Simple protection logic is needed

Discussion in 'General Electronics Chat' started by ecka333, Jan 30, 2012.

  1. ecka333

    Thread Starter Active Member

    Oct 1, 2009
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    Hello everyone, i need simple protection for my active load device. Maybe it can be made with triggers. I draw simple schematics. Normaly input IN1 is high (state 1), output OUT is high. If current through my device will exceed 10A, input IN1 will be set to low. Output then must immediatly go low and stay in this state even if IN1 will be again set to high. Only when input IN2 will be temporary set low manually with pushbutton (RESET) and INPUT1 is high (no overload), output must go to high again. Maybe somebody can help to do protection?
     
  2. GetDeviceInfo

    Senior Member

    Jun 7, 2009
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    your logic is a simple flipflop, but you've lost me on the 'triggers'. Overcurrent, once occuring, typical sets a mechanical latch that requires resetting/replacing, ie: fuse. Thermal buildup from high currents may sometimes need a time delay to dissipate heat before restarting. Circuit breakers often have auxiliray contacts which can be used for indication/circuit lockout.
     
  3. ErnieM

    AAC Fanatic!

    Apr 24, 2011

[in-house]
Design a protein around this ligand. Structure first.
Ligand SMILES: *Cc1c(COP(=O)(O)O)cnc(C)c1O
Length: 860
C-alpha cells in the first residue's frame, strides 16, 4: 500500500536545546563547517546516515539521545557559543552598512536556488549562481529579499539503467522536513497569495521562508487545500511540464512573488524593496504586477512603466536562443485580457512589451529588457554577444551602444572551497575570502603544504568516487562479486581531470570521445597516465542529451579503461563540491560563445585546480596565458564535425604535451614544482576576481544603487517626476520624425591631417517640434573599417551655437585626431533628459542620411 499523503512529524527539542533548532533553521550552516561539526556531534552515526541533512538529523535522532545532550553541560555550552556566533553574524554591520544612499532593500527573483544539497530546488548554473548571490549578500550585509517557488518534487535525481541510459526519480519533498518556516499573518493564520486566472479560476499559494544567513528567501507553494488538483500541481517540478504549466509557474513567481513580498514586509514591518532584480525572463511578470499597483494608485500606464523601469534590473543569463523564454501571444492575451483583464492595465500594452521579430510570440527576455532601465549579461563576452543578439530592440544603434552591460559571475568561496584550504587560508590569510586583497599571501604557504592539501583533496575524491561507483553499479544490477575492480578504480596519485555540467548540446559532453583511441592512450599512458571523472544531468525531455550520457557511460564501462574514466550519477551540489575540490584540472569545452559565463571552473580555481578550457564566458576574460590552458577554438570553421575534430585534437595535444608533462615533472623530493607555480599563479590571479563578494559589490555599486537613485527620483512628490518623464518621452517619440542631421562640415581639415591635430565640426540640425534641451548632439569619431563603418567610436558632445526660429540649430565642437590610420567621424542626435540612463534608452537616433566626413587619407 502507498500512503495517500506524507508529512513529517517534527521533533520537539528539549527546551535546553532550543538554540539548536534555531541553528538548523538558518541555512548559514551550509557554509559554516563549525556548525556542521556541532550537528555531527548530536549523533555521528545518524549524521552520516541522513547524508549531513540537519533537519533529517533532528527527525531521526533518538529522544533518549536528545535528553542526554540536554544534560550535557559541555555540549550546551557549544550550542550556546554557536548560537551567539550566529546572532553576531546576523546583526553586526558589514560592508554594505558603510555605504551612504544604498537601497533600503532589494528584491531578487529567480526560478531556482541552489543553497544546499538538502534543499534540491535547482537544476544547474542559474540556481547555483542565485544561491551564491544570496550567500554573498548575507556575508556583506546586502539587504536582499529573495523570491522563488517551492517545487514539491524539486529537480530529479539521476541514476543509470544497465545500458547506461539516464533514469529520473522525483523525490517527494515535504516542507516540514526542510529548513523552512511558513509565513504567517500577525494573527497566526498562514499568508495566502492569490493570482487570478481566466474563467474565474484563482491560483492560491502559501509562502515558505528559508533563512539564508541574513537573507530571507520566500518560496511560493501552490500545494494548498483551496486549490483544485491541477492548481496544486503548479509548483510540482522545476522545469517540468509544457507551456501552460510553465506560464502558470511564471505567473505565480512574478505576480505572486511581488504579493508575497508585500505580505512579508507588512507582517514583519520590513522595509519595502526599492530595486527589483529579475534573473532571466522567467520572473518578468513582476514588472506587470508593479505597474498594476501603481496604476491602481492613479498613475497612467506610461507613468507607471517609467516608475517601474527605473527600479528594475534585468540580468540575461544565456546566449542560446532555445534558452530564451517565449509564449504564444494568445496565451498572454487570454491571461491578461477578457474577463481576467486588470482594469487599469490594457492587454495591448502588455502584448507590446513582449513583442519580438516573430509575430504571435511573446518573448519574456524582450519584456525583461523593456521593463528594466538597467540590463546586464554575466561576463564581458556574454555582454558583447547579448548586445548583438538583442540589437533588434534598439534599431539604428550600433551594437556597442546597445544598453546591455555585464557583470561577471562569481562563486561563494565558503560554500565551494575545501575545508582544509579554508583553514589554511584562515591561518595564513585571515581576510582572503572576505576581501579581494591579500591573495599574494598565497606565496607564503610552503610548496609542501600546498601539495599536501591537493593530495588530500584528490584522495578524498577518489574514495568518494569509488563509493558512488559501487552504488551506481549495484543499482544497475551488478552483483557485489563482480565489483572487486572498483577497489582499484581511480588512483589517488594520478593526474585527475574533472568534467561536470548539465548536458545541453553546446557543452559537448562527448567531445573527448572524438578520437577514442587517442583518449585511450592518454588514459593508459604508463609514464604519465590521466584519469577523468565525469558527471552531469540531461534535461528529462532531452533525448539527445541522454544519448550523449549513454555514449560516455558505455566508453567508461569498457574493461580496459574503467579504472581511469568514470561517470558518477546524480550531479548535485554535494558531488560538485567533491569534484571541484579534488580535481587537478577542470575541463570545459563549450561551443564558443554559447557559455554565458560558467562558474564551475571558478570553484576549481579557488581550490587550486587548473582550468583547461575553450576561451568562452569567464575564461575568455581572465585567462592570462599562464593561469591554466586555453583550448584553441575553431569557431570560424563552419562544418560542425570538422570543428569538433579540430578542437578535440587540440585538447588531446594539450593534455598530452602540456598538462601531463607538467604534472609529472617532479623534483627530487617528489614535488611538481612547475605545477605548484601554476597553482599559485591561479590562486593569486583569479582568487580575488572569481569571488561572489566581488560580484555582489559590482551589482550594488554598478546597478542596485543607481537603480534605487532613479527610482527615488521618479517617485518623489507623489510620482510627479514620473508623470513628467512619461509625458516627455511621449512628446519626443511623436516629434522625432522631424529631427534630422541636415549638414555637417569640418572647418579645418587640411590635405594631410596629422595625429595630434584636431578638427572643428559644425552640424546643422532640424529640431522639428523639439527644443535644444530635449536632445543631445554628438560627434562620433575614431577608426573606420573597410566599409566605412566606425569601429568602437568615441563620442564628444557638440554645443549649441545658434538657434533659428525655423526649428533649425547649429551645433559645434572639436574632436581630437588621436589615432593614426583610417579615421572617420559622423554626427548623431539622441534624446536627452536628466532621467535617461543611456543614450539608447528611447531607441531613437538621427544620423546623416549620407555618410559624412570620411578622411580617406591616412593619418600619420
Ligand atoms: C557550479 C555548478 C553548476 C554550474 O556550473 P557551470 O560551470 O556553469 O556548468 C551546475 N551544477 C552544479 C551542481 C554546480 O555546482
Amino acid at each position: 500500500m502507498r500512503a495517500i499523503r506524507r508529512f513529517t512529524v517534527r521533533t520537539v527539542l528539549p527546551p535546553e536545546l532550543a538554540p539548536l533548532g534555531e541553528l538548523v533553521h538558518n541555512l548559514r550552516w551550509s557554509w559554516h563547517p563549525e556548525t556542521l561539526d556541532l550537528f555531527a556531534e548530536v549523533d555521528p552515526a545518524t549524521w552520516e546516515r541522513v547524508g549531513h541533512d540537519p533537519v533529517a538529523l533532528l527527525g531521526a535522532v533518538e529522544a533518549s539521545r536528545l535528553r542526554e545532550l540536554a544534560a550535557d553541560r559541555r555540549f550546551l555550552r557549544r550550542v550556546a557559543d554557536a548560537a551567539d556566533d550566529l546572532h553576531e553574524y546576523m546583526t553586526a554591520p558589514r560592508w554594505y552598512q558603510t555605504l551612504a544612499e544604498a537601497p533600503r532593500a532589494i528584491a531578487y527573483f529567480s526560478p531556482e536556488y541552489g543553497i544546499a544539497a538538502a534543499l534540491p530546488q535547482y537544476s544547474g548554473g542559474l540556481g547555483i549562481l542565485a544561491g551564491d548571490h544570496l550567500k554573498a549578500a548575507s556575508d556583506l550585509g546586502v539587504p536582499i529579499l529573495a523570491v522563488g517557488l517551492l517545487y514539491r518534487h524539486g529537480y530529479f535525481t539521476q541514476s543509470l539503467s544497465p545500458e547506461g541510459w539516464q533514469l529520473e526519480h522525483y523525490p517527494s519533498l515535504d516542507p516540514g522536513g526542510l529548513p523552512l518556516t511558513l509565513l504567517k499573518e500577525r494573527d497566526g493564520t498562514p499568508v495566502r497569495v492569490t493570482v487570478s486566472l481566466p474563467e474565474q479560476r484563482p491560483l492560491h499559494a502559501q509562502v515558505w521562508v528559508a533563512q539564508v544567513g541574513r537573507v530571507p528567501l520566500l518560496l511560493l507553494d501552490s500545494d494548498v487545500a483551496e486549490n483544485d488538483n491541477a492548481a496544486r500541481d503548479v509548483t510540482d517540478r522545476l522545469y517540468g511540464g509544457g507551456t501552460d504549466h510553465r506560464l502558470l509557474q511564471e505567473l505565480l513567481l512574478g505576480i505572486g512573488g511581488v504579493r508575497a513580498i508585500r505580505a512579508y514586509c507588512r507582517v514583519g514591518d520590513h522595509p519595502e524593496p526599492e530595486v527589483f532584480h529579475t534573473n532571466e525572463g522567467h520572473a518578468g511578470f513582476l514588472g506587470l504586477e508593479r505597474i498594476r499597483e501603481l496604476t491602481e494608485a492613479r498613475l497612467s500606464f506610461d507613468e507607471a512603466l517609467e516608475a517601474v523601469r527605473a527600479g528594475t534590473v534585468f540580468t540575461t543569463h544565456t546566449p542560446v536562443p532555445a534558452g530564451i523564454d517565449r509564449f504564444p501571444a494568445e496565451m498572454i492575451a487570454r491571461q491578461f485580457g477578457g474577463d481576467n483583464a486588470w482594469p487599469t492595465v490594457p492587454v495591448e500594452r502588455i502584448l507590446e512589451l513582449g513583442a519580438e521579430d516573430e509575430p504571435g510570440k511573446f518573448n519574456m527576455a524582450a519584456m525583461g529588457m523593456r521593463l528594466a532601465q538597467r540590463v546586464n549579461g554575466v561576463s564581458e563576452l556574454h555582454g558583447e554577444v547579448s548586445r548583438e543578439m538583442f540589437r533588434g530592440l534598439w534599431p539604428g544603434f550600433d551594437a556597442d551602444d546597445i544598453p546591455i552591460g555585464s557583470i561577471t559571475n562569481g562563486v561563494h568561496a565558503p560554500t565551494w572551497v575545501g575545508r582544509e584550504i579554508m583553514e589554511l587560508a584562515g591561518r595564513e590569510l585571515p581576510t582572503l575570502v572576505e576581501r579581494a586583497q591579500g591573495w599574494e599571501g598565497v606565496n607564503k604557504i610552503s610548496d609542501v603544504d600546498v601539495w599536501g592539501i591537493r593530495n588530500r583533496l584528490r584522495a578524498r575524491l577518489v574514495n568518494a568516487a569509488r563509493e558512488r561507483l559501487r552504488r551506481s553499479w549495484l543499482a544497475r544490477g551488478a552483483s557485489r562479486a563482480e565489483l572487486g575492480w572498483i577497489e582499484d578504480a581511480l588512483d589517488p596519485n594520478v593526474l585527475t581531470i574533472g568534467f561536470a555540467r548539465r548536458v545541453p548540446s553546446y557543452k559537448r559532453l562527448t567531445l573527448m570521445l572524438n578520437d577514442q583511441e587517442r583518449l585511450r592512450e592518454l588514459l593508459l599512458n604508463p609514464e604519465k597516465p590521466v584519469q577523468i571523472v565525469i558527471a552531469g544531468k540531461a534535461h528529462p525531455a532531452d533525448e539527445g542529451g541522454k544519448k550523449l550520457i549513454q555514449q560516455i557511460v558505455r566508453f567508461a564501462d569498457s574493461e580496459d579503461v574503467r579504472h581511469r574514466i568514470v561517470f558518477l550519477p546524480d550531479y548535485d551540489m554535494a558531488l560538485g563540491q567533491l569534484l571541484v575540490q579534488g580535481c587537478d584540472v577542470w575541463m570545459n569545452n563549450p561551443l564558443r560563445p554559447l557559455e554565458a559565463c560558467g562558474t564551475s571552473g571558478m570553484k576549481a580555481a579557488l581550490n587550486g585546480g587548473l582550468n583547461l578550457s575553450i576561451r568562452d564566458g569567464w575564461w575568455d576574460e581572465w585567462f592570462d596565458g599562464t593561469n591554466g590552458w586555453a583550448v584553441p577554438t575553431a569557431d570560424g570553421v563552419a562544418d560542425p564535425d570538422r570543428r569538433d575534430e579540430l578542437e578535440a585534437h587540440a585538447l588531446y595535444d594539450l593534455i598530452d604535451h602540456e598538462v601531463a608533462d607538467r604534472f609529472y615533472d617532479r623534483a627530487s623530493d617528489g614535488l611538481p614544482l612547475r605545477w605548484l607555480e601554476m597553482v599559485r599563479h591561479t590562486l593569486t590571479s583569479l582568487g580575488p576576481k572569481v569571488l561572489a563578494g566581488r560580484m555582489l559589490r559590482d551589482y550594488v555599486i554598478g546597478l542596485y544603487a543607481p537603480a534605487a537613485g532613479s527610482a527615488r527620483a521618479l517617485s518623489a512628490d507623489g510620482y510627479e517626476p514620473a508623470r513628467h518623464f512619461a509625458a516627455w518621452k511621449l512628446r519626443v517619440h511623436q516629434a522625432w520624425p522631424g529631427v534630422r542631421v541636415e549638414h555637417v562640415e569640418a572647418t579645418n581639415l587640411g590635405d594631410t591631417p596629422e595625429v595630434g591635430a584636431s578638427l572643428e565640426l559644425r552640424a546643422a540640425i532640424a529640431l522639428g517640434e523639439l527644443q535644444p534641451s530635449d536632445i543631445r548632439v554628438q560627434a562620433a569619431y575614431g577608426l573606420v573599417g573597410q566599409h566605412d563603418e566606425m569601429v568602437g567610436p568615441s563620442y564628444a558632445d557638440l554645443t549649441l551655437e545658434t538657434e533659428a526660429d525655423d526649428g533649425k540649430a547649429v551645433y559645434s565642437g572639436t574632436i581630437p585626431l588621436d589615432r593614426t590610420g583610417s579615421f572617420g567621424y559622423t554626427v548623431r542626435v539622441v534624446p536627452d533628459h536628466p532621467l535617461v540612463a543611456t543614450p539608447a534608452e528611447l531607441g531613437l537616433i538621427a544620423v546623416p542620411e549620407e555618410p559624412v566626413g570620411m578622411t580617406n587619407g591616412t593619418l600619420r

7,386
    1,605
    I've done things like this more times without a fuse then with a fuse. It's an electronic protection that doesn't need a pile of fuses (that you can run out of) to restart after a problem.

    Some sort of flip flop is required to "remember" the trip. At power on, it is SET, and the fault conditions (there may be several) use a logic "OR" to combine them into a single RESET signal for IN2.

    The Q output of the flip flop is then uses a logic "AND" to combine with IN1 to provide the turn on signal OUT.

    You also need a logic OR gate with the power on reset signal and IN2 to accomplish the reset.

    Depending on your specific hardware there is probably no real need for 3 discrete gates here (AND, OR, FlipFlop). The F/F is probably easiet to buy as a chip, the AND may have another way to activate the power area, and the power on reset may just be a resistor/capacitor short pulse maker, and you can usually put the switch on that to make the pulse.

    I had some fun once doing the spec design on a power switch that needed both instant trip (very large over current) and an I-squared-t (I^2*t) (integral of current over time) to sense smaller yet significant loads that need protection if they continue for some time. I^2*t is essentially an energy term; since if you multiplty it by ohms you get joules so it is already scaled for any specific system.
     
  4. kubeek

    AAC Fanatic!

    Sep 20, 2005
    4,670
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    Doesn´t a 555 do exactly what you need?
    It´s been a long time since I last used it, but i recall it has active-low inputs and a latch.
    http://en.wikipedia.org/wiki/File:NE555_Bloc_Diagram.svg
    You would use threshold and trigger as your active-low inputs and either ouput or discharge pins as outptus (output is active high, discharge is active low).

    I assume you have the ovecurrent signal sorted and need just the latch logic.
     
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